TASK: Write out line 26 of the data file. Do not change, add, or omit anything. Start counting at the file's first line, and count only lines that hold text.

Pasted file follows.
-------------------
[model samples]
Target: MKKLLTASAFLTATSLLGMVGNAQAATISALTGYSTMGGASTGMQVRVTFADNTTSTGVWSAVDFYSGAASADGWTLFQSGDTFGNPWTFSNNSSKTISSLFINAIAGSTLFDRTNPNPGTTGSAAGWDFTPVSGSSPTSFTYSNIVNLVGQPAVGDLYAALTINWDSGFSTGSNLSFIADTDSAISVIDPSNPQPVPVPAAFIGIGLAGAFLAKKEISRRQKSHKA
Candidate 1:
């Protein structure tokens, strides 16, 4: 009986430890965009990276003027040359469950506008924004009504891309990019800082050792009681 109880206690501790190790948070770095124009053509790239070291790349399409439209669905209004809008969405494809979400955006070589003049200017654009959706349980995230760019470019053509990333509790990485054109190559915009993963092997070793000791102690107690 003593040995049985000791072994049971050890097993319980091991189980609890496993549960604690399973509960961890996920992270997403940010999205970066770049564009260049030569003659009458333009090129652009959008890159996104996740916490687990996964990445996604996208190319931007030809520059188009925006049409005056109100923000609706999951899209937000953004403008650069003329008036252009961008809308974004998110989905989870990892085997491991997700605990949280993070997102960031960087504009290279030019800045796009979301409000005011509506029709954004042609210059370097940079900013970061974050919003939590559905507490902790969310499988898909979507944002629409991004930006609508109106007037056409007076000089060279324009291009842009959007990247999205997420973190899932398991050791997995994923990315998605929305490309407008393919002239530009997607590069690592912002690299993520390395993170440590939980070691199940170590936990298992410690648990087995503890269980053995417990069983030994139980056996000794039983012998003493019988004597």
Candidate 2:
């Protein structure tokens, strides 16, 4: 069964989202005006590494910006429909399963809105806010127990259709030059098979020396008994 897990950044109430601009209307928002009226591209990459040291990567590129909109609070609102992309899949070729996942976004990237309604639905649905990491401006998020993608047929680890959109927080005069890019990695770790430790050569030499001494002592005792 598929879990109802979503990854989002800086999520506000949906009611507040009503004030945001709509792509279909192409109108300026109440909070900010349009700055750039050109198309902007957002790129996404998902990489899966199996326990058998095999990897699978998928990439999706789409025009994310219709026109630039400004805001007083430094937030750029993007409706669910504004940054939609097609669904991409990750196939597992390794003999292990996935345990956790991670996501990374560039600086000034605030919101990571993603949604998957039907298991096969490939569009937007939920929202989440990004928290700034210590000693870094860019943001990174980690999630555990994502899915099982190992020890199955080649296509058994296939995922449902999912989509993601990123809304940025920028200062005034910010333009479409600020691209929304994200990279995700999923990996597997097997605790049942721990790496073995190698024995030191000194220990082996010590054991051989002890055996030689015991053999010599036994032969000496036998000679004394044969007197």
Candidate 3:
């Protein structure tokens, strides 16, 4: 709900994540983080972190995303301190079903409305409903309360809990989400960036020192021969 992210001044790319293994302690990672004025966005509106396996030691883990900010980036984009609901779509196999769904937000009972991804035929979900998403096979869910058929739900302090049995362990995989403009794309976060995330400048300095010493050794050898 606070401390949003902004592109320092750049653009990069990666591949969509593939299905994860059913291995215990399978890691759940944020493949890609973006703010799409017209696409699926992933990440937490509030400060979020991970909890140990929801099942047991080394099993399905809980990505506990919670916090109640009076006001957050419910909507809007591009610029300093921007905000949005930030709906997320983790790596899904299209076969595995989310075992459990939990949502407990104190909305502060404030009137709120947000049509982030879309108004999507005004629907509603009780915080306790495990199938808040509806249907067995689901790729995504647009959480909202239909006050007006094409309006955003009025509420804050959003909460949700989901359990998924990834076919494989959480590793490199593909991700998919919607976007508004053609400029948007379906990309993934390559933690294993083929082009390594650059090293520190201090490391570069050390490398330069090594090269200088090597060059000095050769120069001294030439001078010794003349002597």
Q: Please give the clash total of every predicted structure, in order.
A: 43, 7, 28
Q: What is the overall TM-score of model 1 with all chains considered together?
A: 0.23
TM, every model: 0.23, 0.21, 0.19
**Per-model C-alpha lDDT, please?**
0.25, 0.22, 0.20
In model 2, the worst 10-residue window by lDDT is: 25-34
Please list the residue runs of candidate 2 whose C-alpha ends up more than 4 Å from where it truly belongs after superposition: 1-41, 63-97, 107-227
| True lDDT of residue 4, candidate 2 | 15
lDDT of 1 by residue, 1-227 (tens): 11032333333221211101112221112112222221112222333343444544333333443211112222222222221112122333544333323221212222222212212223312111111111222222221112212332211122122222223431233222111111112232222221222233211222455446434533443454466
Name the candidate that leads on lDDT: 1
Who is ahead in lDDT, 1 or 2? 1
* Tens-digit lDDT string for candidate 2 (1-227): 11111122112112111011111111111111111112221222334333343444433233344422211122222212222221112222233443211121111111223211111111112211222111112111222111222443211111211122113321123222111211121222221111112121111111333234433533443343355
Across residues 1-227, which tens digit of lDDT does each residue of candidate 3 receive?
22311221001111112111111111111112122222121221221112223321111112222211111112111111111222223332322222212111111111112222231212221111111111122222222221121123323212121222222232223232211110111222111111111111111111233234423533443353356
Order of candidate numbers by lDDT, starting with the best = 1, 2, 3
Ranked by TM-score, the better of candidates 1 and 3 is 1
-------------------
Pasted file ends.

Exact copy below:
Ranked by TM-score, the better of candidates 1 and 3 is 1